PGA Picks: Sony Open in Hawaii Odds and Expert Betting Predictions
Justin Thomas kicked off 2020 in style on Sunday by beating Patrick Reed and Xander Schauffele in a playoff to win the Sentry Tournament of Champions at Kapalua . It was the third victory in the past six Tour starts for Thomas as well as the 12th of his career. That's more career victories than any other active player under 30; Thomas is 26.
Thomas, Reed and Schauffele were all former winners of the tournament and part of the USA Presidents Cup team. Schauffele, the defending champion, held the 54-hole lead. He would have won again if he had two-putted from 35 feet on the 72nd hole but couldn't do it. Schauffele three-putted again on the first playoff hole and was knocked out. Thomas also nearly choked as he had a two-shot lead with three to play. Reed had two putts on the 18th in the playoff to win.
I did get Thomas at -300 for a Top 10 as well as Dustin Johnson (-150, finished T7), but my winning pick was Rickie Fowler at +1100 and he was T5, four shots out of the playoff.
This week is the first full-field event of the New Year as the Tour changes Hawaiian islands from Maui to Oahu for the Sony Open in Hawaii at Waialae Country Club in Honolulu. It's a rare tournament that Tiger Woods has never won, but he also has never played it (wonder why?) and won't this week, either.
This event began in 1965 and was played in November for a few years before being shifted to winter for the 1971 tournament. Waialae has hosted every year and is a par 70 at about 7,050 yards. A few notable things have happened in this tournament. In 1983, Isao Aoki became Japan's first winner on the PGA Tour. Starting in 2004, Honolulu native Michelle Wie played here four straight years on a sponsor exemption but never made the cut.
In 2007,16-year-old amateur Tadd Fujikawa became the second youngest player ever to make a 36-hole cut in an official PGA Tour event. In 2017, Justin Thomas shot one of the 59s on Tour (first round) and won at 27-under 253, with that total being the lowest in PGA Tour history for a 72-hole event. Thomas also set a 36-hole (123) PGA Tour scoring mark and tied the 54-hole record (188).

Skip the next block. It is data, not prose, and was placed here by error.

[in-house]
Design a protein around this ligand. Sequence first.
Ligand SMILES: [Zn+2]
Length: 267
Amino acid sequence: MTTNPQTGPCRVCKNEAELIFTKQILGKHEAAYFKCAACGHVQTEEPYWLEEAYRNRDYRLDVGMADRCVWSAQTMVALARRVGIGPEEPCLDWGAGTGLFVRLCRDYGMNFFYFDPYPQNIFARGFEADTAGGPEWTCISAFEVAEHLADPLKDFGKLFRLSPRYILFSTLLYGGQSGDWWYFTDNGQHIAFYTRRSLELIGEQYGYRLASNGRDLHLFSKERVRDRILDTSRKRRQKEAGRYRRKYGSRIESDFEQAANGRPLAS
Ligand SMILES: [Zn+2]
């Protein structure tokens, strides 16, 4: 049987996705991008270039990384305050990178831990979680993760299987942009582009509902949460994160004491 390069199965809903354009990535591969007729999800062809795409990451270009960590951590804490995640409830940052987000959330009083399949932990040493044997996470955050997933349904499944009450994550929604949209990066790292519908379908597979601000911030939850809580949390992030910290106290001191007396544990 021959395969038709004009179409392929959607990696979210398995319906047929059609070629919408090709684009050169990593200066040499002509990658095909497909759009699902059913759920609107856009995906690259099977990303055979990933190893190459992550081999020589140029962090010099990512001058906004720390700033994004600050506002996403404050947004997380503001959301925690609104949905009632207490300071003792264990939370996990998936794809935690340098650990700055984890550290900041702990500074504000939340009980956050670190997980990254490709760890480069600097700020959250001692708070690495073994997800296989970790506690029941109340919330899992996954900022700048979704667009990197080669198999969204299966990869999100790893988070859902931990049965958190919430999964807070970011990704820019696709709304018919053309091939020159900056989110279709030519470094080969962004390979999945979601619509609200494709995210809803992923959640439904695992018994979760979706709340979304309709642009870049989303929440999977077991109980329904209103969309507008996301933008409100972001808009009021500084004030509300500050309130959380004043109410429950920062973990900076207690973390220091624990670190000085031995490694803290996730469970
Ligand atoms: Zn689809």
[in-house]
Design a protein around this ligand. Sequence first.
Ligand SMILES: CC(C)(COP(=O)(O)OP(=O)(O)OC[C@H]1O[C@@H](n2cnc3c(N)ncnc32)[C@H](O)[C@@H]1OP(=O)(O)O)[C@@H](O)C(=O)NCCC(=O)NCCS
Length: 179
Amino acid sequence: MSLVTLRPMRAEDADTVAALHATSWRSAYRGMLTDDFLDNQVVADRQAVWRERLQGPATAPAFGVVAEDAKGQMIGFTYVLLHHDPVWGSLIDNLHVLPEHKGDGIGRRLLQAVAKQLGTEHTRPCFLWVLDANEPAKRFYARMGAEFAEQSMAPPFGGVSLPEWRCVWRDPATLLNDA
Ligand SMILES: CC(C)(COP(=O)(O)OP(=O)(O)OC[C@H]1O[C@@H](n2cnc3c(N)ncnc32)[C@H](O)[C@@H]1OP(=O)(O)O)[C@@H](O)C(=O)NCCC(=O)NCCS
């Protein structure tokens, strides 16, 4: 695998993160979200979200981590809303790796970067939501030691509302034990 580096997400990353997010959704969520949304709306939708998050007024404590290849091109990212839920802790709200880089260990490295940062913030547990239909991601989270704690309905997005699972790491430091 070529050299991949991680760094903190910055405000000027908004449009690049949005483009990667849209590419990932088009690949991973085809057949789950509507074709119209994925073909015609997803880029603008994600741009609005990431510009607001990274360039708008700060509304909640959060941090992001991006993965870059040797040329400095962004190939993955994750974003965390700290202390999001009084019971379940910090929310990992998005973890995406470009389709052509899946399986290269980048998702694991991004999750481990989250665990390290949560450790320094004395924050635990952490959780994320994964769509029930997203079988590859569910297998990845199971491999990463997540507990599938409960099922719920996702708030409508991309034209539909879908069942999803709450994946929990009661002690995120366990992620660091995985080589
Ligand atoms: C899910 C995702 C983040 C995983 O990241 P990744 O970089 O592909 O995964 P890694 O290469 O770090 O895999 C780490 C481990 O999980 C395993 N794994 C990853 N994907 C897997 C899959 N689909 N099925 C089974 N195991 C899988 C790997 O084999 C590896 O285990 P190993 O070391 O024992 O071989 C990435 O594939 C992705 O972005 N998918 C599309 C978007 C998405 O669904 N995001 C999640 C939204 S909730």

You may really remember 2018 because preparations for this tournament were disrupted for a bit when a false emergency alarm was sent out to all cell phones in Hawaii that a ballistic missile had been launched toward the islands. Obviously, that was sent in error. A state emergency management employee pushed the wrong button. It took state emergency management 38 minutes to send out a "false alarm" alert to cell phones. Also that year, the Golf Channel's final-round broadcast was affected by a walkout by the channel's cameramen.
The defending champion is Matt Kuchar, who continued American dominance of this tournament. Kuchar closed with a 4-under 66 to finish at 22-under 263 and four shots ahead of Andrew Putnam. Kuchar is +2200 to become the fifth repeat winner here and first since Jimmy Walker in 2014-15. In fact, five players have won this tournament twice and the only one who didn't do it back-to-back was Lanny Wadkins (1988, '91).
Golf Odds: Sony Open in Hawaii Favorites
Thomas is +500 to complete the Hawaii sweep for the second time - Ernie Els is the only other guy to do it in the same year. Thomas won in 2017 by seven shots but hasn't been Top 10 in his past two visits here.
Reed and Webb Simpson are +1200 with Collin Morikawa, who has family in Hawaii, and Hideki Matsuyama each +1600. Reed has a best finish of 13 th here last year. Simpson's best is fourth in 2018. He didn't play last week. Morikawa was seventh last week and debuts here. Matsuyama is yet to have a Top 10 in the Sony Open.
Golf Odds: Sony Open in Hawaii Picks
Players from just six countries other than the USA have won the Sony Open and no Europeans have. That's hard to believe. The last non-American winner was Argentina's Fabian Gomez in 2016. For a Top 10, go Thomas (-175) and Charles Howell III (+450), who has seven of them here since 2009. Our winner is relative unknown Brian Stuard at +6600. He has four Top 10s in his past six trips, including eighth and fourth the past two years.
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